What makes Texas Texas? Even if you confine the question to the realm of politics, there are enough books on that subject to fill a small library. Most of those volumes strain to answer some variation of the same query: Why are Texas Republicans so strong?
The ending hasn’t yet been written to the story of the 2014 elections, but it already seems likely that Democrats will be asking that question anew come mid-November. Anyone wanting to get a jump on the answer could do worse than to start with Red State: An Insider’s Story of How the GOP Came to Dominate Texas Politics.
Red State is written by Wayne Thorburn, a former state GOP apparatchik. If “Red State” is an accurate description of the past two decades of political Texas, the subtitle is more than a little misleading. What Thorburn has compiled here is not a story, in the narrative sense, despite a blurb from Karl Rove that deems the book “critical reading.” And Thorburn the insider doesn’t deliver anything here that an outsider couldn’t tell you just as well. Anyone hoping for Lee Atwater-style revelations about the inner workings of a party’s ascendance will be disappointed. Nor, finally, is Red State a repository of particularly enviable prose. But it is a fine reference for anyone seeking a chronological treatment of the party’s arc—not an endpoint for students of political history, but a beginning.
For those who prefer to cut to the chase, here’s Thorburn’s gist: The GOP’s rise here was inevitable, thanks to the state’s inherent characteristics and its citizens’ ideological preferences, and the party is likely to maintain its dominance for a while yet.
There’s plenty of interesting information here for the right audience, much of it arranged in table form: primary participation rates, electoral histories of various population centers. But the book’s expansive time frame—it takes us from Texas independence to 2014—makes much of it feel oddly flat. Ann Richards’ 1994 campaign against George W. Bush, ostensibly an important race in this upheaval, merits a single paragraph from primary to Election Day.
The book kicks into a slightly smoother gear when Thorburn, a former Young Americans for Freedom activist who served as the state GOP executive director from 1977 to 1983, describes the period when he was most active in party politics—though the narrative never exits third-person mode. The rituals of Texas Republicans from that era can be downright charming. For example: Starting in 1979, cadres of young GOPers met at an annual retreat near Brenham called “Camp Wannameetagop.” Thorburn presents a tantalizing vision of young Kay Bailey Hutchison, Tom DeLay and Joe Straus III playing volleyball together in the waning years of the Carter administration.
But despite these virtues, it’s hard not to come away from Red State reflecting on the narrowing scope of our political vision. In the first half of the 20th century, the country’s most influential political scribbles were the literary stylings of newspaper columnists such as H.L. Mencken. Later, literature itself drove the conversation, in books including Billy Lee Brammer’s The Gay Place, Edwin O’Connor’s The Last Hurrah and Robert Penn Warren’s All The King’s Men—stories that emphasized the perturbed psychology and sweaty drama of politics. With the advent of John F. Kennedy’s Camelot, nonfiction accounts began to replace fictional ones, starting with Theodore White’s The Making of the President 1960. This more practical approach took hold, reaching either its nadir or its zenith, depending on your perspective, with 2008’s adrenaline-soaked, micro-focused Game Change.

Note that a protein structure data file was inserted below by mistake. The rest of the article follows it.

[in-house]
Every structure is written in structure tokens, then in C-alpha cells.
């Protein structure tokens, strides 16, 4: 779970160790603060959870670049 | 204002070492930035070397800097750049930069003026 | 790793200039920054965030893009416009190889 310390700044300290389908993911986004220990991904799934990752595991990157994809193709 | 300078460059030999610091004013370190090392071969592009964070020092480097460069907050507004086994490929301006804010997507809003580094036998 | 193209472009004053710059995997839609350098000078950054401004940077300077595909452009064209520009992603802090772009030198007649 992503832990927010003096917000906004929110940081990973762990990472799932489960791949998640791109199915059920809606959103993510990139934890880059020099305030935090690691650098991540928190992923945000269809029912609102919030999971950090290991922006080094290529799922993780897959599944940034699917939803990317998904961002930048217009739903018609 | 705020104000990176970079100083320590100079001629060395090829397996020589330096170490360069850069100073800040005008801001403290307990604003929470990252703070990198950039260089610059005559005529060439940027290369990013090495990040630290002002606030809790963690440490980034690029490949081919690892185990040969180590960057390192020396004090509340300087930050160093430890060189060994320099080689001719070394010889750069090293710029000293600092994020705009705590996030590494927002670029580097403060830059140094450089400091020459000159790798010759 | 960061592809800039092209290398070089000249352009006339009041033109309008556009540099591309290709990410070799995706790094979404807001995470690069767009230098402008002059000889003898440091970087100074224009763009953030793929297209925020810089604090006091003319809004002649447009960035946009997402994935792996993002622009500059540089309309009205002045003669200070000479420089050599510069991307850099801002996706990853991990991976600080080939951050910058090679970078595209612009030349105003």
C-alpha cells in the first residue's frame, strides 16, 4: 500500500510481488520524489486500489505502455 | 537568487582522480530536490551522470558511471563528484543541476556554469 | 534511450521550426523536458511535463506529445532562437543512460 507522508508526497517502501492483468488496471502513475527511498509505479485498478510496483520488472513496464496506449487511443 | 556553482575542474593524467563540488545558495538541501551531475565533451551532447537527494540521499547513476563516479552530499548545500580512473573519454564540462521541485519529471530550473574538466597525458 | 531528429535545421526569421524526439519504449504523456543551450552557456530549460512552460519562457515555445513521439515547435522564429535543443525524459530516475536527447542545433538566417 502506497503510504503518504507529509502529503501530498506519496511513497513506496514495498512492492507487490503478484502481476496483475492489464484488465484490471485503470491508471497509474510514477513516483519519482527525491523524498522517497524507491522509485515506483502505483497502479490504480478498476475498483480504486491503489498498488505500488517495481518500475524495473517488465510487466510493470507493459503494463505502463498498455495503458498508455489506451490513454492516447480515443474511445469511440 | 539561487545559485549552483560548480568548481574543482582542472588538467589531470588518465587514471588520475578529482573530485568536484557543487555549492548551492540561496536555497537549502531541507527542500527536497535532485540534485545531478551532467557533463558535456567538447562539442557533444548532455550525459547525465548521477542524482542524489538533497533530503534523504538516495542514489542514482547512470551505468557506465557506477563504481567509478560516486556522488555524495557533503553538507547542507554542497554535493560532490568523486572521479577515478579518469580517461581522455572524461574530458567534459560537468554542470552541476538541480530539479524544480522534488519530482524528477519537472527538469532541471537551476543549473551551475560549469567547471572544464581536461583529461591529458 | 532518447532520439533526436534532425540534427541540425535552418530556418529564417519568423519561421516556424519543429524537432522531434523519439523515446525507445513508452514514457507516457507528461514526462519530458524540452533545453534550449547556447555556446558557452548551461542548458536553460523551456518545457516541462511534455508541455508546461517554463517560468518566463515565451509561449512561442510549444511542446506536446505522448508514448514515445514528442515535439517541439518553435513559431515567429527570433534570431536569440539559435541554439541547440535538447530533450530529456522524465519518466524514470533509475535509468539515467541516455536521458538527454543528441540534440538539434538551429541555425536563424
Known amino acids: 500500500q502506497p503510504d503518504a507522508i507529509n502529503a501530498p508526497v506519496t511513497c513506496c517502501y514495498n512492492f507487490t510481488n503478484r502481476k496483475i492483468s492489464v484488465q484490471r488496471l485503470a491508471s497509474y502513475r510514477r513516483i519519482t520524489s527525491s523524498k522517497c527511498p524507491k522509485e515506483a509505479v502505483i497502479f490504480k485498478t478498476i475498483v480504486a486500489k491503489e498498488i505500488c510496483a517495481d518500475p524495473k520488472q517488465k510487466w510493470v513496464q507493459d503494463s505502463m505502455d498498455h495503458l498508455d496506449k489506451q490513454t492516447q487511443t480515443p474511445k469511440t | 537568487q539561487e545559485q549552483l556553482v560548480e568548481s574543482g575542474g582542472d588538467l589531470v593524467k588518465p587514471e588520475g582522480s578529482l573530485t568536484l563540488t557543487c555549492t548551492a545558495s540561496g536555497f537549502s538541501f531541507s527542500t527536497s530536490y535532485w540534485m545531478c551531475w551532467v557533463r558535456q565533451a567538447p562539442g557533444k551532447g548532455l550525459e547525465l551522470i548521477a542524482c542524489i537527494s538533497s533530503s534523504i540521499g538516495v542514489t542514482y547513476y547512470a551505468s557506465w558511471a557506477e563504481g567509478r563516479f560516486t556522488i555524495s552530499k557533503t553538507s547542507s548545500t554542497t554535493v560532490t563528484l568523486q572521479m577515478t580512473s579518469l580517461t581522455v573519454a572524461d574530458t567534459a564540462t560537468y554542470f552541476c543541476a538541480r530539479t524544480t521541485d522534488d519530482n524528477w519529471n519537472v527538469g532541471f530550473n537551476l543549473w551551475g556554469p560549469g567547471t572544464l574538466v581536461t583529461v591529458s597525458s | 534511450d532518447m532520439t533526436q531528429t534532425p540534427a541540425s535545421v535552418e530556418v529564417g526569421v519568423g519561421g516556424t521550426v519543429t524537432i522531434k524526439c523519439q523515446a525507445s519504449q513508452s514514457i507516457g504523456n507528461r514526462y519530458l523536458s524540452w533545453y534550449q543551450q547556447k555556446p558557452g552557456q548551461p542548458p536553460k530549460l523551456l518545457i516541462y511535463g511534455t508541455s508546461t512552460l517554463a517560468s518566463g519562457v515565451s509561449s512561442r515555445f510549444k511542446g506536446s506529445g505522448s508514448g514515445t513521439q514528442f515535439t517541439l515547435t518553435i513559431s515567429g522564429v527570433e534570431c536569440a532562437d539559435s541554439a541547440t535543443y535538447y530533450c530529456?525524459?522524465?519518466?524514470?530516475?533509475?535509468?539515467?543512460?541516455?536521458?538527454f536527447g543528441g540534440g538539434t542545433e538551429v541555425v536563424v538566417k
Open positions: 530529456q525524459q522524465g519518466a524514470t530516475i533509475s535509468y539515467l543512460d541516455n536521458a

Now we have Nate Silver, the stats-driven whiz kid whose mathematical analyses of the political questions of the day were initially launched as a corrective to the voluminous bullshit of horse-race journalism. Much political commentary now finds itself interested primarily in questions of probability, and the fundamentals of politics—i.e., that which can be measured. More than anything, I think, this new angle of approach reflects our own lowered expectations of the country’s political life. The personalities are being bleached out. There are fewer and fewer surprises.
Red State isn’t exactly a Nate Silver kind of book, but it is a reminder of how a focus on “fundamental” inevitability can obscure a more interesting story. Over the course of the book, Thorburn charts the slow rise of the GOP in great numerical detail, until we arrive at the concluding line of the penultimate chapter: “Overall, Texas is now a Republican-dominant state with pockets of strong Democratic support.” Well… yes.
It’s not that the statistical approach to politics produces wrong answers; it’s that it prevents other questions from being asked. National liberal commentators like those at The New Republic have increasingly adopted a variation of Thorburn’s argument: The fundamentals are stacked against a Democratic revival. Investing in Texas is a waste of time and money, they say, and they’ll say it even louder if this election doesn’t go well for Wendy Davis. Yet states that vote much redder than Texas in presidential elections, from Alabama to Montana, elect Democrats to state office. Something different is happening here.
The more interesting story, I suspect—though there are many still to be told—isn’t about the GOP’s rise in Texas, but about the Democrats’ decline and long, slow fade to black. If that story ever gets properly told, political science will play a valuable part in the telling. But so will narrative.